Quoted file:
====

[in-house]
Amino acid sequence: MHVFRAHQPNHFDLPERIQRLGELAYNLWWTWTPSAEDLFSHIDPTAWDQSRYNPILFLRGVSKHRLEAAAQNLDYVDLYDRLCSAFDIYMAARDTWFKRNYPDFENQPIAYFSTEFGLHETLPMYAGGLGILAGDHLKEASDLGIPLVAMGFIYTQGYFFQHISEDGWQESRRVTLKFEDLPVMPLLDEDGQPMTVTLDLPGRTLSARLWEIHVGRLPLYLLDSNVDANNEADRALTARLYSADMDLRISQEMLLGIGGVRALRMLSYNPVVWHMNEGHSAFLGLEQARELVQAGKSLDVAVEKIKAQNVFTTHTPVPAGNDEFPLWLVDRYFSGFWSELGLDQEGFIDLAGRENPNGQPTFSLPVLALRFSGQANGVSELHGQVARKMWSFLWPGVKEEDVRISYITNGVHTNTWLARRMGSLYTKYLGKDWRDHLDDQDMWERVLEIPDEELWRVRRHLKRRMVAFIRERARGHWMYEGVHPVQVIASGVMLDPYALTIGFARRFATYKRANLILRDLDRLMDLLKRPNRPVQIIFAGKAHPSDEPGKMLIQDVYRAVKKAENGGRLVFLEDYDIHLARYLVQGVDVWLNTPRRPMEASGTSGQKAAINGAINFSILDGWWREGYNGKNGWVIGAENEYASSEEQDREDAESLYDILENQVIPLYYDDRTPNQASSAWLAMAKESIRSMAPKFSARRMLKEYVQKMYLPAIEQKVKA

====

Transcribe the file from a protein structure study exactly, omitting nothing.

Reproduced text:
[in-house]
Amino acid sequence: MHVFRAHQPNHFDLPERIQRLGELAYNLWWTWTPSAEDLFSHIDPTAWDQSRYNPILFLRGVSKHRLEAAAQNLDYVDLYDRLCSAFDIYMAARDTWFKRNYPDFENQPIAYFSTEFGLHETLPMYAGGLGILAGDHLKEASDLGIPLVAMGFIYTQGYFFQHISEDGWQESRRVTLKFEDLPVMPLLDEDGQPMTVTLDLPGRTLSARLWEIHVGRLPLYLLDSNVDANNEADRALTARLYSADMDLRISQEMLLGIGGVRALRMLSYNPVVWHMNEGHSAFLGLEQARELVQAGKSLDVAVEKIKAQNVFTTHTPVPAGNDEFPLWLVDRYFSGFWSELGLDQEGFIDLAGRENPNGQPTFSLPVLALRFSGQANGVSELHGQVARKMWSFLWPGVKEEDVRISYITNGVHTNTWLARRMGSLYTKYLGKDWRDHLDDQDMWERVLEIPDEELWRVRRHLKRRMVAFIRERARGHWMYEGVHPVQVIASGVMLDPYALTIGFARRFATYKRANLILRDLDRLMDLLKRPNRPVQIIFAGKAHPSDEPGKMLIQDVYRAVKKAENGGRLVFLEDYDIHLARYLVQGVDVWLNTPRRPMEASGTSGQKAAINGAINFSILDGWWREGYNGKNGWVIGAENEYASSEEQDREDAESLYDILENQVIPLYYDDRTPNQASSAWLAMAKESIRSMAPKFSARRMLKEYVQKMYLPAIEQKVKA